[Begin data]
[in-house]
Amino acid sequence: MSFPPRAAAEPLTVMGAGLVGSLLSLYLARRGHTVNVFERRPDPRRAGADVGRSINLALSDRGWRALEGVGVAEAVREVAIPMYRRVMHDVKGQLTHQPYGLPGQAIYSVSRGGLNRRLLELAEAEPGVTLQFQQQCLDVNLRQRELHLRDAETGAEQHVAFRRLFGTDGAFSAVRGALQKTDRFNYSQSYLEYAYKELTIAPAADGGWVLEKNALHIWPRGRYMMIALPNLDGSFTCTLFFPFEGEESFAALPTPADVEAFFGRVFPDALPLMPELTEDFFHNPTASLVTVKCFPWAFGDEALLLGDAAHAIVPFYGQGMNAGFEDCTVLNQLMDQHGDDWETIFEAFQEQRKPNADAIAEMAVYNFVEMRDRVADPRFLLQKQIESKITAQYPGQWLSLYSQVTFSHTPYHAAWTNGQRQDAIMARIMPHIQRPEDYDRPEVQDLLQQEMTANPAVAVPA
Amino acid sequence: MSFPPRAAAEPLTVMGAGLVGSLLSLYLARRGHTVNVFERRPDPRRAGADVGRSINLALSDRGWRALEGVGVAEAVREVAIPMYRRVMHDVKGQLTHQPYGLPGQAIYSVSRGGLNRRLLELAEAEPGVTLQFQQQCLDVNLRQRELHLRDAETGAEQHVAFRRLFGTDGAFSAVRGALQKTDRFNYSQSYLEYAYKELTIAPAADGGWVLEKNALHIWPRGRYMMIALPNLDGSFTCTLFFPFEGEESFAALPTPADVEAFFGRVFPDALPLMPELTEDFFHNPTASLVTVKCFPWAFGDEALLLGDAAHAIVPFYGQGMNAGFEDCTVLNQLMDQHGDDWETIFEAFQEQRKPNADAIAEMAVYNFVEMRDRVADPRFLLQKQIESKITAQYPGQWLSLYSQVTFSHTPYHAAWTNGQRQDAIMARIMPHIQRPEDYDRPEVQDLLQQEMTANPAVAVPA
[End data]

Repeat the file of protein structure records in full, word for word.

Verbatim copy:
[in-house]
Amino acid sequence: MSFPPRAAAEPLTVMGAGLVGSLLSLYLARRGHTVNVFERRPDPRRAGADVGRSINLALSDRGWRALEGVGVAEAVREVAIPMYRRVMHDVKGQLTHQPYGLPGQAIYSVSRGGLNRRLLELAEAEPGVTLQFQQQCLDVNLRQRELHLRDAETGAEQHVAFRRLFGTDGAFSAVRGALQKTDRFNYSQSYLEYAYKELTIAPAADGGWVLEKNALHIWPRGRYMMIALPNLDGSFTCTLFFPFEGEESFAALPTPADVEAFFGRVFPDALPLMPELTEDFFHNPTASLVTVKCFPWAFGDEALLLGDAAHAIVPFYGQGMNAGFEDCTVLNQLMDQHGDDWETIFEAFQEQRKPNADAIAEMAVYNFVEMRDRVADPRFLLQKQIESKITAQYPGQWLSLYSQVTFSHTPYHAAWTNGQRQDAIMARIMPHIQRPEDYDRPEVQDLLQQEMTANPAVAVPA
Amino acid sequence: MSFPPRAAAEPLTVMGAGLVGSLLSLYLARRGHTVNVFERRPDPRRAGADVGRSINLALSDRGWRALEGVGVAEAVREVAIPMYRRVMHDVKGQLTHQPYGLPGQAIYSVSRGGLNRRLLELAEAEPGVTLQFQQQCLDVNLRQRELHLRDAETGAEQHVAFRRLFGTDGAFSAVRGALQKTDRFNYSQSYLEYAYKELTIAPAADGGWVLEKNALHIWPRGRYMMIALPNLDGSFTCTLFFPFEGEESFAALPTPADVEAFFGRVFPDALPLMPELTEDFFHNPTASLVTVKCFPWAFGDEALLLGDAAHAIVPFYGQGMNAGFEDCTVLNQLMDQHGDDWETIFEAFQEQRKPNADAIAEMAVYNFVEMRDRVADPRFLLQKQIESKITAQYPGQWLSLYSQVTFSHTPYHAAWTNGQRQDAIMARIMPHIQRPEDYDRPEVQDLLQQEMTANPAVAVPA